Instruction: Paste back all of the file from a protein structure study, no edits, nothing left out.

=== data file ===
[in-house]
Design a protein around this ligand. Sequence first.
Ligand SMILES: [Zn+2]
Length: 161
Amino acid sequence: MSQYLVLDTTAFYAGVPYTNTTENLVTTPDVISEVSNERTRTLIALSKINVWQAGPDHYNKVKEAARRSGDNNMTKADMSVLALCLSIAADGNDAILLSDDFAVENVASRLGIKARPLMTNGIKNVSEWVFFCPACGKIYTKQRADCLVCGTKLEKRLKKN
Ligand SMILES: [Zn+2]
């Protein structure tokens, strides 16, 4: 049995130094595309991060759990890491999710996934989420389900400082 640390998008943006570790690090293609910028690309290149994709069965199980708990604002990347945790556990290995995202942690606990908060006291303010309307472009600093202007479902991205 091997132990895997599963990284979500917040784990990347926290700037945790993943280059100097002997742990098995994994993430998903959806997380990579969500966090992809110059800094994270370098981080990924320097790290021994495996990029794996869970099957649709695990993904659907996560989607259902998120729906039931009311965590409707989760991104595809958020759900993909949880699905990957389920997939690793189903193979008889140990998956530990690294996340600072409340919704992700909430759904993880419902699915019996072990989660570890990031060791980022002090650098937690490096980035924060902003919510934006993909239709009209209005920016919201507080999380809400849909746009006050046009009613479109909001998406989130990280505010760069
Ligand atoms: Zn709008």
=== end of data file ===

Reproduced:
[in-house]
Design a protein around this ligand. Sequence first.
Ligand SMILES: [Zn+2]
Length: 161
Amino acid sequence: MSQYLVLDTTAFYAGVPYTNTTENLVTTPDVISEVSNERTRTLIALSKINVWQAGPDHYNKVKEAARRSGDNNMTKADMSVLALCLSIAADGNDAILLSDDFAVENVASRLGIKARPLMTNGIKNVSEWVFFCPACGKIYTKQRADCLVCGTKLEKRLKKN
Ligand SMILES: [Zn+2]
């Protein structure tokens, strides 16, 4: 049995130094595309991060759990890491999710996934989420389900400082 640390998008943006570790690090293609910028690309290149994709069965199980708990604002990347945790556990290995995202942690606990908060006291303010309307472009600093202007479902991205 091997132990895997599963990284979500917040784990990347926290700037945790993943280059100097002997742990098995994994993430998903959806997380990579969500966090992809110059800094994270370098981080990924320097790290021994495996990029794996869970099957649709695990993904659907996560989607259902998120729906039931009311965590409707989760991104595809958020759900993909949880699905990957389920997939690793189903193979008889140990998956530990690294996340600072409340919704992700909430759904993880419902699915019996072990989660570890990031060791980022002090650098937690490096980035924060902003919510934006993909239709009209209005920016919201507080999380809400849909746009006050046009009613479109909001998406989130990280505010760069
Ligand atoms: Zn709008």